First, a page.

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What Is a Financial Adviser – And Do You Need One?
2 / 7 / 2018
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Getting an expert to help you with your finances seems like an obvious choice, especially considering that most Americans aren’t confident about their financial knowledge. But how do you know what kind of professional is right for you - if any?

Often, people turn to “financial advisers”, which is a blanket term for a number of different professions, including Certified Public Accountants (CPAs) who focus on taxes and auditing, investment advisers who focus on investing and wealth management, and financial planners who take a holistic approach to your finances. What’s important is fiduciary duty, which is defined as the obligation of the agent (the professional) to act in the best interest of the principal (you). Make sure any professional you work with has some sort of fiduciary duty (Michael Kitces CFP discusses the different kinds of fiduciary duty on his website, but all versions are good). When deciding whether to speak to a financial professional, think about the following questions:

  • Can you afford it? Financial professionals can often charge hourly or retainer fees, on top of the costs of any financial products they put you in.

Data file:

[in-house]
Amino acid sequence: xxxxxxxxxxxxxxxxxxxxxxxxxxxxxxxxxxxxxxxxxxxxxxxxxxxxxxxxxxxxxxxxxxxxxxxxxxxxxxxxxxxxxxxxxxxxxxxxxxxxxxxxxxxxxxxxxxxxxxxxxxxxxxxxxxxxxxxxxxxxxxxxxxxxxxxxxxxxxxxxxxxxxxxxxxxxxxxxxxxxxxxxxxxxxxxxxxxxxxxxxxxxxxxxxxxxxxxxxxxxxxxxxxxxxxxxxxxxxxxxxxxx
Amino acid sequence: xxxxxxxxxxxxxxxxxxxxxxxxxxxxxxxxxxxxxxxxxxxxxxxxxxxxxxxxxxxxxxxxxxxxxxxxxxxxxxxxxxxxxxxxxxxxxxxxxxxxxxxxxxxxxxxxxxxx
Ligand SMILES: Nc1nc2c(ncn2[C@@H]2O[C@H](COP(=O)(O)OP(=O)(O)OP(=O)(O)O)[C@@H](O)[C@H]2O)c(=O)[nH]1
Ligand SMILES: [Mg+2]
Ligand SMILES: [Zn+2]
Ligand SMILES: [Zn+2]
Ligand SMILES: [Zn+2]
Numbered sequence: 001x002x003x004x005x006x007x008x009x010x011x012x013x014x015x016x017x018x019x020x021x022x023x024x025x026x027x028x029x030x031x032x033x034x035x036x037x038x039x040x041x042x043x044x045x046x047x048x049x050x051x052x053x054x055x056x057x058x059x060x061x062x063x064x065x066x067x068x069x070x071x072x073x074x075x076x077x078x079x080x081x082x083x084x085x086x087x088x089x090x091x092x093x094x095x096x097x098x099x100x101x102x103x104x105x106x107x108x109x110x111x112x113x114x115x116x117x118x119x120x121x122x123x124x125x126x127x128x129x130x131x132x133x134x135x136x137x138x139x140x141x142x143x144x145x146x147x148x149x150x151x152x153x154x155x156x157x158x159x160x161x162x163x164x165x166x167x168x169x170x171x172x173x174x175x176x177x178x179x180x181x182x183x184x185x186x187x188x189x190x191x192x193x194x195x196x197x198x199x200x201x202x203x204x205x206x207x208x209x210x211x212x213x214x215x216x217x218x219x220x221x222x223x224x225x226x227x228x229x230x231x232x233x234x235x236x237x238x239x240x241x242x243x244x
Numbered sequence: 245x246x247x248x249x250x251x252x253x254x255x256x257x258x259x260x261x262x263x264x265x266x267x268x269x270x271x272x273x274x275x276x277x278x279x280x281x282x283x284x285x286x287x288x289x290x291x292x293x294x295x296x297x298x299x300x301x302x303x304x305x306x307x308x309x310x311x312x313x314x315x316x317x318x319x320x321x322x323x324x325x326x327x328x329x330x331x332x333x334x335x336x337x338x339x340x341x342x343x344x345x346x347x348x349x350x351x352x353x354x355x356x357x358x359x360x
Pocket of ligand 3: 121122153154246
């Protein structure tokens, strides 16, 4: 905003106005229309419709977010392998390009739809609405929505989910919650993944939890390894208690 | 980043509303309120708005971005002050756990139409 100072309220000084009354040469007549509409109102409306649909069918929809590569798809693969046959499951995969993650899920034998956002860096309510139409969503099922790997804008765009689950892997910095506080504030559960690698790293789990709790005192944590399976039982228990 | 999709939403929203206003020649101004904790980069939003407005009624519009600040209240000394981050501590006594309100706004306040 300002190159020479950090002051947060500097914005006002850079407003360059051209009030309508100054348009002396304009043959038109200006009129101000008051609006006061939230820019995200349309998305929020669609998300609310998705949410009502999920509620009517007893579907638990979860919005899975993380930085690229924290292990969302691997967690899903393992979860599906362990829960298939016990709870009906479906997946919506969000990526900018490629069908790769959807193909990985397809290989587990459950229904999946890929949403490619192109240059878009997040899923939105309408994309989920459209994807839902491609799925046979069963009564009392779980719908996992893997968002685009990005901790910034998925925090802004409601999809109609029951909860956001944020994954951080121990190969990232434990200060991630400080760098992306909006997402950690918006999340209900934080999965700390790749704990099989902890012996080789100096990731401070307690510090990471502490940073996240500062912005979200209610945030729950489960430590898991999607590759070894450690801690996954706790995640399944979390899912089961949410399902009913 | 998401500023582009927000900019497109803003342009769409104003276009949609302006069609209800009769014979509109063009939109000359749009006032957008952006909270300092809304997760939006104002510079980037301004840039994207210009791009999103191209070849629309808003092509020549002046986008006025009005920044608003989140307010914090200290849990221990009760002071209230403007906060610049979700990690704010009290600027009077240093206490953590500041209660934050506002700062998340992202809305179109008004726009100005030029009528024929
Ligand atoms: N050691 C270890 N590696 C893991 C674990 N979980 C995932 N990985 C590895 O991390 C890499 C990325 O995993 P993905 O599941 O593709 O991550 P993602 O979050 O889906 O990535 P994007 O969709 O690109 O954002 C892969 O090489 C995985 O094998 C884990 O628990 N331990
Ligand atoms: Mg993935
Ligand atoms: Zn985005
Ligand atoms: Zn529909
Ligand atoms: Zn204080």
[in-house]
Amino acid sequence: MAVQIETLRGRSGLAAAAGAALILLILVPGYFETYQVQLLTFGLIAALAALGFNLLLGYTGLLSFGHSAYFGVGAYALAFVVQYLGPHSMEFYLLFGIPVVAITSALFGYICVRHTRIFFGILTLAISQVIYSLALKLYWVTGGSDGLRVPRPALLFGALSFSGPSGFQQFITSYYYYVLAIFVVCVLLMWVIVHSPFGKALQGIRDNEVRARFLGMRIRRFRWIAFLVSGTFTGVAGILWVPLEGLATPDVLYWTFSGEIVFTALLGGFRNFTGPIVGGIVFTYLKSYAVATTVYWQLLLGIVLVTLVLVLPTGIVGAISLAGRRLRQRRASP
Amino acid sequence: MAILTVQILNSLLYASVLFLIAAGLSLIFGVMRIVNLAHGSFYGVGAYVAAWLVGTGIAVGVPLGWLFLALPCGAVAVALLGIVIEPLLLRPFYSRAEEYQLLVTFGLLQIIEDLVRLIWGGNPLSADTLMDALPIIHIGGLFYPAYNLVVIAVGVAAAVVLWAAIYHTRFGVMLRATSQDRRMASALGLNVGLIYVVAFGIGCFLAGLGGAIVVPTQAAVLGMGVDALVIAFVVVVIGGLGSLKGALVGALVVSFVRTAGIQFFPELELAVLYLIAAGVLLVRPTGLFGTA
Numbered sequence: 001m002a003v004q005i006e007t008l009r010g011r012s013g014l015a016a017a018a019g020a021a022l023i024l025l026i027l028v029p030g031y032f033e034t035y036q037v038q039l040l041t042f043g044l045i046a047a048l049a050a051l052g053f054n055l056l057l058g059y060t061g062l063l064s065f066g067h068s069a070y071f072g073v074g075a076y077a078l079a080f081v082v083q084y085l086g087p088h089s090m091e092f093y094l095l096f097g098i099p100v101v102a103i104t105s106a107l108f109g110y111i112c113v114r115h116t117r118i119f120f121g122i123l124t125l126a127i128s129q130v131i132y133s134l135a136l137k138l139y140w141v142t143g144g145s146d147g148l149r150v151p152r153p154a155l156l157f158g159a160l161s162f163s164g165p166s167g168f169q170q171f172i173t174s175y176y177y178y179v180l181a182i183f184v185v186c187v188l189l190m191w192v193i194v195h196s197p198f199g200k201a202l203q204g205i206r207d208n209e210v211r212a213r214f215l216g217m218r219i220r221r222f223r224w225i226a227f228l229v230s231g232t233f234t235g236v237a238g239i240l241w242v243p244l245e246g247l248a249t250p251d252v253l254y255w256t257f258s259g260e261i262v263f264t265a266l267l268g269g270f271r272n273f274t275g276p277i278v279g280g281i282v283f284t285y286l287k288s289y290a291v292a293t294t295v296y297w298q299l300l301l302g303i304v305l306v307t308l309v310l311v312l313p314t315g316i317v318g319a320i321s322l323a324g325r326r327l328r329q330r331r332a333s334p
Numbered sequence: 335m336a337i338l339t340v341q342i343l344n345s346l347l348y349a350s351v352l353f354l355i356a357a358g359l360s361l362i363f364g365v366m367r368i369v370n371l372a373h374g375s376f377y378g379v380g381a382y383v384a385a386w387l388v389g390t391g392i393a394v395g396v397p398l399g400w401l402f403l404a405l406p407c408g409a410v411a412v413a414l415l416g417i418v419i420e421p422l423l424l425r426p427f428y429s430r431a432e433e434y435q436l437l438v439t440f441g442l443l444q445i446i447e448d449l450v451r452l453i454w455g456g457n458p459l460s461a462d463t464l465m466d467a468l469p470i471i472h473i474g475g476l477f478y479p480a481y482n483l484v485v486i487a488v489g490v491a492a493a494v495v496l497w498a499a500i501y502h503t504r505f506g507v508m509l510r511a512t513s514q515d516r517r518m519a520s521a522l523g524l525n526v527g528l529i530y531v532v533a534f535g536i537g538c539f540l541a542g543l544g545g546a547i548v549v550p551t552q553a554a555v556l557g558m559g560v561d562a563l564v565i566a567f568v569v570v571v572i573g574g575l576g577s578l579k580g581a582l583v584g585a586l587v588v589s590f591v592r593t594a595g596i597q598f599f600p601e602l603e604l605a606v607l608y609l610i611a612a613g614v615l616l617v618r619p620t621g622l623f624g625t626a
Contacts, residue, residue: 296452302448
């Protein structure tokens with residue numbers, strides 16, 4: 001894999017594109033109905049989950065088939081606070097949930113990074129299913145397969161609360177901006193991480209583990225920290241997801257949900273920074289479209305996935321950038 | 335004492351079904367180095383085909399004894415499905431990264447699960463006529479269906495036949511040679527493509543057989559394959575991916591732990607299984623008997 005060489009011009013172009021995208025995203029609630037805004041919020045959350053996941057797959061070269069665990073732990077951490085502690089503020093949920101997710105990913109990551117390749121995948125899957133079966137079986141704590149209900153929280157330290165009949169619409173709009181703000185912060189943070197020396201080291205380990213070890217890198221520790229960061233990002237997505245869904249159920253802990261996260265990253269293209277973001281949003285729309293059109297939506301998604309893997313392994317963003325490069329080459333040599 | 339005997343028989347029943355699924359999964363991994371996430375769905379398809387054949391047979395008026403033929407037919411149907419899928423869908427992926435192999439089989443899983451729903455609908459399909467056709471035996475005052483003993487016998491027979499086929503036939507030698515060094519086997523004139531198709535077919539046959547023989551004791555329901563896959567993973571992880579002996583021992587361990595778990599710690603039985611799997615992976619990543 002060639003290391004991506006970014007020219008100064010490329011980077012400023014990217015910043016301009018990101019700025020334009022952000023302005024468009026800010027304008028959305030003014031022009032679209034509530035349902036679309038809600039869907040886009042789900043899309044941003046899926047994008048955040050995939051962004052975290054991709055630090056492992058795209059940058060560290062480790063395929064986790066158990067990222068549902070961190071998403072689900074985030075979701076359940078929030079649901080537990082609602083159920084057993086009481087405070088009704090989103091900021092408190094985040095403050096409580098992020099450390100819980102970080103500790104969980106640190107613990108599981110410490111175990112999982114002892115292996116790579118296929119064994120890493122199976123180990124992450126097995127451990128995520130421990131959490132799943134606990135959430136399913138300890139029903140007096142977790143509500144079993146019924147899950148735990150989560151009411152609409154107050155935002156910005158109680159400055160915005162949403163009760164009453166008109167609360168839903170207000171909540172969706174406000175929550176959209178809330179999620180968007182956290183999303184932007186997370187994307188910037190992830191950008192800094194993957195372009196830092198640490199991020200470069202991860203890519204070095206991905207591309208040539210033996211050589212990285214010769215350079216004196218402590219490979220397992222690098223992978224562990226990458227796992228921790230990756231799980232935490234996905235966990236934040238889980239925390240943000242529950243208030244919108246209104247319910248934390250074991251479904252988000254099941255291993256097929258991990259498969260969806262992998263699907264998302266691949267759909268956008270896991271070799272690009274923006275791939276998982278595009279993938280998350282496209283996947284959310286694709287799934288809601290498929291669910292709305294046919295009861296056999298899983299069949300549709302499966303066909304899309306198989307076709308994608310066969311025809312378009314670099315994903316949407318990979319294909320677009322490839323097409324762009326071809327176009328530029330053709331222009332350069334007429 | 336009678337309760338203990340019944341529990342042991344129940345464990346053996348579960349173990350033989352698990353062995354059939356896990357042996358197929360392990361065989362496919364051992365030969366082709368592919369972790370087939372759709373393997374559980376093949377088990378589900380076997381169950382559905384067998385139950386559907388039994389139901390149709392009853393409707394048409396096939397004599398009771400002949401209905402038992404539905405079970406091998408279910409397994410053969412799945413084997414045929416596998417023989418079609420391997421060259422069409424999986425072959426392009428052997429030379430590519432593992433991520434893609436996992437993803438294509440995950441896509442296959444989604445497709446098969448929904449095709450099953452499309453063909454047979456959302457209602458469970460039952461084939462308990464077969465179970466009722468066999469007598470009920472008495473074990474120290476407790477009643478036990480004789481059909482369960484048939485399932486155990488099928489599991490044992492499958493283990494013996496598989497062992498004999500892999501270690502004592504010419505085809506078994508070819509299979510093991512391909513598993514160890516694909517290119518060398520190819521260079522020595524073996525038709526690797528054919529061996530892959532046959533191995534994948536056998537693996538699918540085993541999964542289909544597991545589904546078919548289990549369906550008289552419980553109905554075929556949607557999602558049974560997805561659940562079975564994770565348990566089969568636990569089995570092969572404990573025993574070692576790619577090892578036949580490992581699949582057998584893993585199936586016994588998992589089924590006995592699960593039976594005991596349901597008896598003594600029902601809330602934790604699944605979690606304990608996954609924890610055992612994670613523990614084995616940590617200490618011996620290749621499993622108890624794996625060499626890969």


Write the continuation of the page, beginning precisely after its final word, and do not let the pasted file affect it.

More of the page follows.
• Do you have enough money? Some professionals, especially Registered Investment Advisers (RIAs), will only work with clients who have enough money for them to manage.
  • What are you hoping to get out of a financial adviser? Do you really need a full plan, or do you just need some tools?

We do think that financial counseling can be truly helpful – but we don’t think that everyone needs a high-cost, in-person advisor to help them navigate their finances. Often it’s simply because people don’t have pressing enough needs (or enough money) that they need a specialized solution. That’s where robo advisers come in. Robo advisors like OpenInvest don’t replace the full breadth of services offered by financial planners, but as RIAs they manage your money for you. All RIAs have an SEC-regulated fiduciary duty to invest in their clients’ best interest, and they’re fee-only, meaning that you only get charged one, flat fee of for your investments (though many robo advisors often include hidden ETF fees). One thing human advisers sometimes offer that you can’t get with a robo advisor is the ability to customize your investments. In the past, wealthier individuals have been able to work with advisery firms to align their investments to their values, but that has rarely been available to the average investor. Fortunately, OpenInvest offers a low-cost, flat-rate, totally customizable socially responsible investing option, allowing any investor to manage their money without sacrificing their values.

Learn more about OpenInvest Let's go!